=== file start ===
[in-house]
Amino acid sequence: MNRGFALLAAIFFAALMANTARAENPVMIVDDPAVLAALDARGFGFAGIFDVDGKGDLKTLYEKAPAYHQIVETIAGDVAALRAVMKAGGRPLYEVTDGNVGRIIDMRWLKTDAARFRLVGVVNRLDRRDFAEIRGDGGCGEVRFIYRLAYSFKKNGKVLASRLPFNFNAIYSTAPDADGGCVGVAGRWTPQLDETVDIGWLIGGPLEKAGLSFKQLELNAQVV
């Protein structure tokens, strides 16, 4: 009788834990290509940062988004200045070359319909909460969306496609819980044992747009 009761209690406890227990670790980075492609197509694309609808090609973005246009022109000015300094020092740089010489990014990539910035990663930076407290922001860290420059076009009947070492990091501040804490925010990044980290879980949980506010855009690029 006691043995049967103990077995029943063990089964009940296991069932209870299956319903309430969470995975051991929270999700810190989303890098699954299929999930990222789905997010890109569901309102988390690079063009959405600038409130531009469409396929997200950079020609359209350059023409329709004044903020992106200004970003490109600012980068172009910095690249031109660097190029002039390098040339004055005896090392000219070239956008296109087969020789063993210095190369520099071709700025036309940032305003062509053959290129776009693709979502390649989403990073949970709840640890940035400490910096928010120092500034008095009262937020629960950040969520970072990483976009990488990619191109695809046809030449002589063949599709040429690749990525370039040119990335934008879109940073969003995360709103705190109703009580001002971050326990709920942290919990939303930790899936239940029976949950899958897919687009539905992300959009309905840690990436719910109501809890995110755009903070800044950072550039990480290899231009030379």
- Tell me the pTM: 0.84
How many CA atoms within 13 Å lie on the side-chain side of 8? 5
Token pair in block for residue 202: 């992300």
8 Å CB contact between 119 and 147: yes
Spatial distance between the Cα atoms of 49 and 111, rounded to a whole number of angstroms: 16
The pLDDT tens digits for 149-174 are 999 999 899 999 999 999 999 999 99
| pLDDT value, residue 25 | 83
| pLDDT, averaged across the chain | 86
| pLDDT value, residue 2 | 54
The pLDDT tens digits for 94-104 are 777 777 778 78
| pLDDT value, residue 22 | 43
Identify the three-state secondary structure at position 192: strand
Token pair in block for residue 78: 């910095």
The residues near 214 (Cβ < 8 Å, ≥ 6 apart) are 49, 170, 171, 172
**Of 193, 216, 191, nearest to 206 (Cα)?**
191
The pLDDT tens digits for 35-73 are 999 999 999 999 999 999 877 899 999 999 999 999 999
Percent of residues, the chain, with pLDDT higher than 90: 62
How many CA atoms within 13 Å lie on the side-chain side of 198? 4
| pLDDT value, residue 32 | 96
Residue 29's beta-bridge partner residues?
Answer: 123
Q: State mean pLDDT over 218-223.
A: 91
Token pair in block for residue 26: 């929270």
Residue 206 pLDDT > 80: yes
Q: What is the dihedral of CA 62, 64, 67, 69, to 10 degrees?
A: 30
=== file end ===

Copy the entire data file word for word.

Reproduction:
[in-house]
Amino acid sequence: MNRGFALLAAIFFAALMANTARAENPVMIVDDPAVLAALDARGFGFAGIFDVDGKGDLKTLYEKAPAYHQIVETIAGDVAALRAVMKAGGRPLYEVTDGNVGRIIDMRWLKTDAARFRLVGVVNRLDRRDFAEIRGDGGCGEVRFIYRLAYSFKKNGKVLASRLPFNFNAIYSTAPDADGGCVGVAGRWTPQLDETVDIGWLIGGPLEKAGLSFKQLELNAQVV
């Protein structure tokens, strides 16, 4: 009788834990290509940062988004200045070359319909909460969306496609819980044992747009 009761209690406890227990670790980075492609197509694309609808090609973005246009022109000015300094020092740089010489990014990539910035990663930076407290922001860290420059076009009947070492990091501040804490925010990044980290879980949980506010855009690029 006691043995049967103990077995029943063990089964009940296991069932209870299956319903309430969470995975051991929270999700810190989303890098699954299929999930990222789905997010890109569901309102988390690079063009959405600038409130531009469409396929997200950079020609359209350059023409329709004044903020992106200004970003490109600012980068172009910095690249031109660097190029002039390098040339004055005896090392000219070239956008296109087969020789063993210095190369520099071709700025036309940032305003062509053959290129776009693709979502390649989403990073949970709840640890940035400490910096928010120092500034008095009262937020629960950040969520970072990483976009990488990619191109695809046809030449002589063949599709040429690749990525370039040119990335934008879109940073969003995360709103705190109703009580001002971050326990709920942290919990939303930790899936239940029976949950899958897919687009539905992300959009309905840690990436719910109501809890995110755009903070800044950072550039990480290899231009030379």
- Tell me the pTM: 0.84
How many CA atoms within 13 Å lie on the side-chain side of 8? 5
Token pair in block for residue 202: 């992300």
8 Å CB contact between 119 and 147: yes
Spatial distance between the Cα atoms of 49 and 111, rounded to a whole number of angstroms: 16
The pLDDT tens digits for 149-174 are 999 999 899 999 999 999 999 999 99
| pLDDT value, residue 25 | 83
| pLDDT, averaged across the chain | 86
| pLDDT value, residue 2 | 54
The pLDDT tens digits for 94-104 are 777 777 778 78
| pLDDT value, residue 22 | 43
Identify the three-state secondary structure at position 192: strand
Token pair in block for residue 78: 């910095």
The residues near 214 (Cβ < 8 Å, ≥ 6 apart) are 49, 170, 171, 172
**Of 193, 216, 191, nearest to 206 (Cα)?**
191
The pLDDT tens digits for 35-73 are 999 999 999 999 999 999 877 899 999 999 999 999 999
Percent of residues, the chain, with pLDDT higher than 90: 62
How many CA atoms within 13 Å lie on the side-chain side of 198? 4
| pLDDT value, residue 32 | 96
Residue 29's beta-bridge partner residues?
Answer: 123
Q: State mean pLDDT over 218-223.
A: 91
Token pair in block for residue 26: 């929270």
Residue 206 pLDDT > 80: yes
Q: What is the dihedral of CA 62, 64, 67, 69, to 10 degrees?
A: 30